Democracy at work in developing nations

Olufemi Adedamola Oyedele

Governments all over the world are established for the welfare and security of the people (for the people) and all governments claim to be for the people. All governments are by the people because nobody can make you inferior without your consent. All governments are of the people if the people in governments are from the people, for people get the type of government they deserve. Welfare is a factor of food adequacy, housing adequacy, transport availability, access to effective education, access to medical facilities and effective security of people and their assets. Democracy is designed to be a government of inclusiveness as the majority has their way, the minority has their say and all have their pay.

Democracy does not work on its adoption alone; democracy works on people’s awareness of their rights and responsibilities in a democracy. It works on people’s interest in the type of persons their leaders are and the power the people have in the form of voting rights. Democracy works when people realise that they have the mandate, which they ‘gift’ to the political elites and which makes the political elites accountable to them. Where the people do not realise how much power they wield, there will be a problem of manipulation of the people, with whom the power dwells, by the people who are supposed to request power. This is a fundamental issue in democracy. When people who run a government (have authority) are also in charge of power, the nation is doomed. Democracy’s performance is directly related to the poverty level of the nation adopting it.

As popular as democracy is, the founding founders of the United States of America (the biggest and most popular democracy in the world) actually feared the idea of democratic rule. James Madison, the American fourth president, mentioned in one of the federalist papers that this form of government could lead to confusion, instability, and injustice. What he failed to do was to recommend a better form of government! Winston Churchill warned that “Democracy is the worst form of government, except for all of the others.” In a society where the majority of the people are uneducated and poor, democracy will lead to dynasties. Every election is seen as “us” versus “others” and not an exercise to select the best representatives in a society, so democracy may become a rule by the mob.

No wonder Will Rogers warned that “democracy never lasts long. It soon wastes, exhausts, and murders itself. There never was a democracy yet that did not commit suicide.” The cost of democracy in developing nations is another issue. There are two costs which must give one concern. One is the cost of organising elections. The other is the cost of operating democratic governments. Little wonder Keith Miller described democracy as “a chicken in every pot.” In developing nations, the representatives of the people are more concerned with what they gain as democrats, who garnered more votes than the opposition; than what the people they are representing get. The process of recalling a politician that ‘erred’ is too cumbersome. When people vie for election and win in Africa, they see themselves as being powerful than those who voted for them. This is the reason our political class are the elites of society.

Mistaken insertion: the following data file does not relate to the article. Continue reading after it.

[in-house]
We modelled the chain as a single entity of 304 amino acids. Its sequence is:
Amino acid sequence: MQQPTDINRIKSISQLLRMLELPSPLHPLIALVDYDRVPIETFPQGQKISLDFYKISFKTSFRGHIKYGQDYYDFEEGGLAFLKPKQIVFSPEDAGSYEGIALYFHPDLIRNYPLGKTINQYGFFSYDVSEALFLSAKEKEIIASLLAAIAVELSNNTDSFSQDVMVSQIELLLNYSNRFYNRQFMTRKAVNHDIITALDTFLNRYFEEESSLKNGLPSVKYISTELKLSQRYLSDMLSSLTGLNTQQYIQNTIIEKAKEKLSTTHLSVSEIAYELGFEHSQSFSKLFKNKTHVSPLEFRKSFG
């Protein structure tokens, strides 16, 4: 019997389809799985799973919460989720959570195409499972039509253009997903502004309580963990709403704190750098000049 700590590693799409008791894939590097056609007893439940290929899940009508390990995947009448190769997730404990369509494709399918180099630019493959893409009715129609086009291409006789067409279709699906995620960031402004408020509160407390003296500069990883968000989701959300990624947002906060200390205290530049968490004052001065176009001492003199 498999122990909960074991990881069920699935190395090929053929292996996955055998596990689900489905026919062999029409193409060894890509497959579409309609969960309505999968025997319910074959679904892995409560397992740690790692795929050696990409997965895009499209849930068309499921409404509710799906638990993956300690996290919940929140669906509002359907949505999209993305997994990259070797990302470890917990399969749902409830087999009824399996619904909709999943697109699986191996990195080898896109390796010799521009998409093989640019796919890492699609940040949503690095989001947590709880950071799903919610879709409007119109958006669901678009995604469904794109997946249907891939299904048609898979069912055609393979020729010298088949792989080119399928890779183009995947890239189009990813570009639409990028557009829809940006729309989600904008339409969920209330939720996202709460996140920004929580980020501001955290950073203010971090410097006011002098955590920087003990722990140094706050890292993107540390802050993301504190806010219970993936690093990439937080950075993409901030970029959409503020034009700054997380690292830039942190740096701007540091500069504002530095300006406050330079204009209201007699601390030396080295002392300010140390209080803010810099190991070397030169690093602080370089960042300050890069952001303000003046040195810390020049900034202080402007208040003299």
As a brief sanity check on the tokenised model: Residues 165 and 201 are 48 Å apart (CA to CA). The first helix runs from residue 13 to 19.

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Section 91 of the Nigerian Electoral Act, which the lawmakers amended in October 2018, stipulates that the president must not spend more than N5 billion from N1 billion that the 2010 Electoral Act stipulated and that all national assembly members must not spend more than N70 million from the N10 million that the 2010 Act recommended. These stipulations are not enforceable because there is no task force to monitor how much each candidate spends and its source from the Independent Electoral Commission, Economic and Financial Crimes Commission, Independent Corrupt Practices Commission, the Nigeria Police Force and the civil society. This has made all politicians spend more amount than stipulated by the Electoral Act for their offices. No senator spends less than N100 million on his or her election, starting with party primaries. Their returns on investment are, therefore, the highest in the world!

The dividends of democracy in Third World countries are hard to get because the shareholders are weak and the board members are in charge of the direction of affairs and policymaking. There is no inclusiveness in governance as recommended by the United Nations in its good governance principles. The United Nations defined good governance as governance having the following eight characteristics: participatory, consensus-oriented, accountable, transparent, responsive, effective and efficient, equitable and inclusive, and follows the rule of law. How Third World countries perform in these eight principles of good governance can be assessed by all and democracy was established to ensure the eight principles reign!

For democracy to work in developing nations, authority and power must be separated. Power corrupts and absolute power corrupts absolutely. In every situation where a government is in total control of the administration and wealth of a nation, there is an oppressive tendency of the masses by the people in government. Democracy works when there are shared responsibilities between the governed and the government. The governed must own the government and realise their roles in choosing those who represent them and their power to recall them if they are not performing to expectations. They must not be at the mercy of those in government to eat and sleep under a roof. Where the electorates are not aware of their rights and responsibilities, the politicians become powerful and politics becomes a lucrative business.

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